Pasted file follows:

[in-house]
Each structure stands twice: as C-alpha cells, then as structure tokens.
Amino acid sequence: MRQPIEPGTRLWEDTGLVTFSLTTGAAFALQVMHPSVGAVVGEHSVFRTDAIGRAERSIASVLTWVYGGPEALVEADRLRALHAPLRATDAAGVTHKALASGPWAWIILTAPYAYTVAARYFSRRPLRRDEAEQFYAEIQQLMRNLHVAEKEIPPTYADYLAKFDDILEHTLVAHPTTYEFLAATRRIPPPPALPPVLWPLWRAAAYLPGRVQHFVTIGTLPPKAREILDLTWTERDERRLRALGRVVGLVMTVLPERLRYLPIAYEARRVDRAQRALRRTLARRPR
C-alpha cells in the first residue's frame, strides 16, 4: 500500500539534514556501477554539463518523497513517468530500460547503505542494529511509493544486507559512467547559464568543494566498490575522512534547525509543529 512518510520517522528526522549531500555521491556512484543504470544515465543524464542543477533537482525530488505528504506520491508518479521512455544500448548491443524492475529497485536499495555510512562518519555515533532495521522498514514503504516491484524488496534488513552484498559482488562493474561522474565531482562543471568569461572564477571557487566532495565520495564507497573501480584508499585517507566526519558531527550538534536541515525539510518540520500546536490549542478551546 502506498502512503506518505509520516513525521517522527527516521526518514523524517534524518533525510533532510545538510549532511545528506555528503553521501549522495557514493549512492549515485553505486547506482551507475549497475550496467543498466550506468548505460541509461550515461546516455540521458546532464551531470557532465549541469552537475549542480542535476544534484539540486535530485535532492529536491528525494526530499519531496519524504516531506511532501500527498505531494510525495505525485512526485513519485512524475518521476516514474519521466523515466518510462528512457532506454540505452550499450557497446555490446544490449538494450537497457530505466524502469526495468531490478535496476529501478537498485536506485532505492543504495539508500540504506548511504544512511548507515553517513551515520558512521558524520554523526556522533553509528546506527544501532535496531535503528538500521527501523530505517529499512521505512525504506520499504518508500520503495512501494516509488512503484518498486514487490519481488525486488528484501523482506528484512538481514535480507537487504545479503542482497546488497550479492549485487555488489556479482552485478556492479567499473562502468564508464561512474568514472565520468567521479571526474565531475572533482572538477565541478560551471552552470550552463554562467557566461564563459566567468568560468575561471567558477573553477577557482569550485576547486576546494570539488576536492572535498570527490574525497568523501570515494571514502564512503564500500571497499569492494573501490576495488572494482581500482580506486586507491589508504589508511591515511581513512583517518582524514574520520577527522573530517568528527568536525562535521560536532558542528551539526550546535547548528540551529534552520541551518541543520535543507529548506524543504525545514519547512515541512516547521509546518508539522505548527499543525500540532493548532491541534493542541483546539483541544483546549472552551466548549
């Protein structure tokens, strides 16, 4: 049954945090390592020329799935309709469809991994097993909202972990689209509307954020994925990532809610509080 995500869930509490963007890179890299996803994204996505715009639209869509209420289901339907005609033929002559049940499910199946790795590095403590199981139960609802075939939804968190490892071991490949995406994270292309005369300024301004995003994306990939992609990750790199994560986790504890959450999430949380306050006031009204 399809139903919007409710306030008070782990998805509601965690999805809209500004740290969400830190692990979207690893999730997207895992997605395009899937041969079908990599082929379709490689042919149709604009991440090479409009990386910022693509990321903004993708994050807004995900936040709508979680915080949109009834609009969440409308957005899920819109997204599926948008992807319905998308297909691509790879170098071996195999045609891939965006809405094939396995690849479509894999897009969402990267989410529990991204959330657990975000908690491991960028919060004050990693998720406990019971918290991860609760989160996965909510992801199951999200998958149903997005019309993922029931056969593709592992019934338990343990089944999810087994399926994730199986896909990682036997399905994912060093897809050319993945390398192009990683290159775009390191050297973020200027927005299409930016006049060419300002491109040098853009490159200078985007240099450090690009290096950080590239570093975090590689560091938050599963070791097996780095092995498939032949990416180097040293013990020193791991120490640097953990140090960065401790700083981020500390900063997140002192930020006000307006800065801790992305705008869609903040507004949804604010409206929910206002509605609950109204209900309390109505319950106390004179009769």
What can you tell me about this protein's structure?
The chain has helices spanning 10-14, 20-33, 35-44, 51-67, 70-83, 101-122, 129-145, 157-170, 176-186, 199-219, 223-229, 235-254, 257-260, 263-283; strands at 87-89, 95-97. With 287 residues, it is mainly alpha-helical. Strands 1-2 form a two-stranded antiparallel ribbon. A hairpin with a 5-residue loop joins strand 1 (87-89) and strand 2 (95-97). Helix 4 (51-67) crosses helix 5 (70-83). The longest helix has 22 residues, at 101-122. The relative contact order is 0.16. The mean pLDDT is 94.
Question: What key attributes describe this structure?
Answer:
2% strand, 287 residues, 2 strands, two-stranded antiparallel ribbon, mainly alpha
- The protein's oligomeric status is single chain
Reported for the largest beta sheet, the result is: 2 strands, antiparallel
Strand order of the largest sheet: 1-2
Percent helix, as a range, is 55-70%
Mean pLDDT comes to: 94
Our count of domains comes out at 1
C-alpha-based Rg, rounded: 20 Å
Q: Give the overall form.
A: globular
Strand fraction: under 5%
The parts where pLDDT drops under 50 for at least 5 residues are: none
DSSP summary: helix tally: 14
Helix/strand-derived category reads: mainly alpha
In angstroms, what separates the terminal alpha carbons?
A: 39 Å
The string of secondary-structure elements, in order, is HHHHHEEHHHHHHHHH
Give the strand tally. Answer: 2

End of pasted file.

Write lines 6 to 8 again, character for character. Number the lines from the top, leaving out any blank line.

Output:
What can you tell me about this protein's structure?
The chain has helices spanning 10-14, 20-33, 35-44, 51-67, 70-83, 101-122, 129-145, 157-170, 176-186, 199-219, 223-229, 235-254, 257-260, 263-283; strands at 87-89, 95-97. With 287 residues, it is mainly alpha-helical. Strands 1-2 form a two-stranded antiparallel ribbon. A hairpin with a 5-residue loop joins strand 1 (87-89) and strand 2 (95-97). Helix 4 (51-67) crosses helix 5 (70-83). The longest helix has 22 residues, at 101-122. The relative contact order is 0.16. The mean pLDDT is 94.
Question: What key attributes describe this structure?